Developer Banks Renewables has withdrawn its legal challenge over onshore wind's exclusion from the UK government’s third contracts-for-difference auction round, according to the Department for Business, Energy & Industrial Strategy (BEIS).
The UK government announced earlier this month that it was set to lift its controversial ban of onshore wind projects from government-backed contracts support, in a major u-turn by the ruling Conservative Party over a policy that sent new turbine installation figures plunging.
A spokesman for BEIS told Recharge that “we are pleased this case has been withdrawn and we look forward to the fourth [contract-for-difference] round opening next year”.
Banks had argued in its judicial review application last year that the exclusion of fully-consented onshore wind farms from the CfD allocations was against the public interest, in a move that delayed the process and left a potential shadow over the outcome after the round went ahead in September.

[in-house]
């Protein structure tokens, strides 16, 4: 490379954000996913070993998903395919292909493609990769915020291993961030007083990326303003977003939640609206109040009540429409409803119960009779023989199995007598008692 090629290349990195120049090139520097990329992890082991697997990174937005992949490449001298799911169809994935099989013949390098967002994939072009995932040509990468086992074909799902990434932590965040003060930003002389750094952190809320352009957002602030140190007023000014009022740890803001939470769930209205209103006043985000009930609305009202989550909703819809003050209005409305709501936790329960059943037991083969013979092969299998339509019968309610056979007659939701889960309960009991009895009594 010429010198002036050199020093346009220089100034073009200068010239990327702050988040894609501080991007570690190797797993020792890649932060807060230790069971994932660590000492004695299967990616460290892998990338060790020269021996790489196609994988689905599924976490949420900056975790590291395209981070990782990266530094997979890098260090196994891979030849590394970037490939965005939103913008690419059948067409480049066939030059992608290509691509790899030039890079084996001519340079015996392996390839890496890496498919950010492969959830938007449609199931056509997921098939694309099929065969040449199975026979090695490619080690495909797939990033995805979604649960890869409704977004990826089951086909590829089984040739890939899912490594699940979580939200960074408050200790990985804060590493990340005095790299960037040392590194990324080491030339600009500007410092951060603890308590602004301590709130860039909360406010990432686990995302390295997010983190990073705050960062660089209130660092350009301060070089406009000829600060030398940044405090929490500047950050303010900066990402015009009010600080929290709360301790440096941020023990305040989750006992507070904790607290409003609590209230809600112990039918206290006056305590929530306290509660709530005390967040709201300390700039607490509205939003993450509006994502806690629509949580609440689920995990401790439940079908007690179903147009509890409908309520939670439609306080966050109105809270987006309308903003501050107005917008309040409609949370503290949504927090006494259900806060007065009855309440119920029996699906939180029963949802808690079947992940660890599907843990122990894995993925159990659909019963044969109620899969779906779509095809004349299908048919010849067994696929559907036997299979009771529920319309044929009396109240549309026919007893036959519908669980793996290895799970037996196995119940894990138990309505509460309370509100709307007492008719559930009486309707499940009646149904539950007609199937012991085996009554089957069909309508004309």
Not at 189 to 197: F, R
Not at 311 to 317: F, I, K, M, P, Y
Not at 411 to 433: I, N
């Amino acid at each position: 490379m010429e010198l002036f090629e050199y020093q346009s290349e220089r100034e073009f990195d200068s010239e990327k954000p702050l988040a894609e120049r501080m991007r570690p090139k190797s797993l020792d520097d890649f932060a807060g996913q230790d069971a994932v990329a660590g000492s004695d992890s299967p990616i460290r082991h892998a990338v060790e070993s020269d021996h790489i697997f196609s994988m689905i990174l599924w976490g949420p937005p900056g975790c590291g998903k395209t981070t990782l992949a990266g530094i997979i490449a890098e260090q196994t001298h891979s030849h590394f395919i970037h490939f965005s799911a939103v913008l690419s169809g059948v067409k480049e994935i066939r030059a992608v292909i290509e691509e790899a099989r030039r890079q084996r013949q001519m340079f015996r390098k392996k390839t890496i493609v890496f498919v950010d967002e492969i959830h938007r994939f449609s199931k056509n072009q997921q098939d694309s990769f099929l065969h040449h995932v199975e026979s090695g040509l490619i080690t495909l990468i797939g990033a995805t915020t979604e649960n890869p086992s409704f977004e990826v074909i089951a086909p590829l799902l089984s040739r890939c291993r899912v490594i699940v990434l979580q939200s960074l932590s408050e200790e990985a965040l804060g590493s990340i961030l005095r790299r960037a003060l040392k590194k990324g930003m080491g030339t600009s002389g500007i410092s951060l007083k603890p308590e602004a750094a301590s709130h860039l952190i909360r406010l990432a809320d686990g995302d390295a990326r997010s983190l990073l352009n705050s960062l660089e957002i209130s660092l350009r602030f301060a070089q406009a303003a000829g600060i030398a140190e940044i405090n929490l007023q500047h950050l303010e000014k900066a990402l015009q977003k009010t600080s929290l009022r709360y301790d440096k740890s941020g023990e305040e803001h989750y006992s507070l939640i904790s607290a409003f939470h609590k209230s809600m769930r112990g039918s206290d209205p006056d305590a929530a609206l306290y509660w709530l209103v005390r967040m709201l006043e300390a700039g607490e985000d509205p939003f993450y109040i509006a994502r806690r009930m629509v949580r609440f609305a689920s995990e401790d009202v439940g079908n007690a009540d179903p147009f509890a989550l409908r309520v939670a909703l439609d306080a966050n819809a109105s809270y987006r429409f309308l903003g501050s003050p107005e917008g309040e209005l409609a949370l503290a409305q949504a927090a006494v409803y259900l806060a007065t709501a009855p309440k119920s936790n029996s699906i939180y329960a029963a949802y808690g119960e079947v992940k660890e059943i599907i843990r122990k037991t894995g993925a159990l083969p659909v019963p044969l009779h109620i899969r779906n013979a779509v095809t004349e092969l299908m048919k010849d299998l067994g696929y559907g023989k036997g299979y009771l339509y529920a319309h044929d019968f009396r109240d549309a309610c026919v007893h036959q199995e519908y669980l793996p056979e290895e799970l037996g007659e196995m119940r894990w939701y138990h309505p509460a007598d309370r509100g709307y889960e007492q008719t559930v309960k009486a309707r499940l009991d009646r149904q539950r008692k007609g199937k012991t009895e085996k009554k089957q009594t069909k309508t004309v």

Norway’s Equinor, which is co-developing three 1.2GW projects at Dogger Bank in partnership with UK utility SSE after winning 15-year CfD awards in the round, said that “Dogger Bank Wind Farm welcomed the clarity brought by the resolution of the judicial review”.
Richard Dunkley, managing director at Banks Renewables, said: “It’s clear that we will need to deploy the full range of renewable energy generation technologies in the UK, including onshore wind, solar and offshore wind, if we are to meet our 2050 net zero emissions target and decarbonise our power supply.
“Banks Renewables is committed to being part of this journey. Our CfD legal challenge was very much a reluctant intervention borne of a desire to change government policy and bring about a level playing field for competing renewables technologies,” Dunkley added.
“Following the government’s recent commitment to include all renewables generation technologies – including onshore wind – in the next round of CfD auctions, we feel there is now a unique window of opportunity ahead of COP26 later this year for [UK Prime Minister] Boris Johnson’s new administration to make progress on a range of climate change policies, in a way that achieves net zero through fair and competitive frameworks.”
Note: Update adds Banks Renewables comments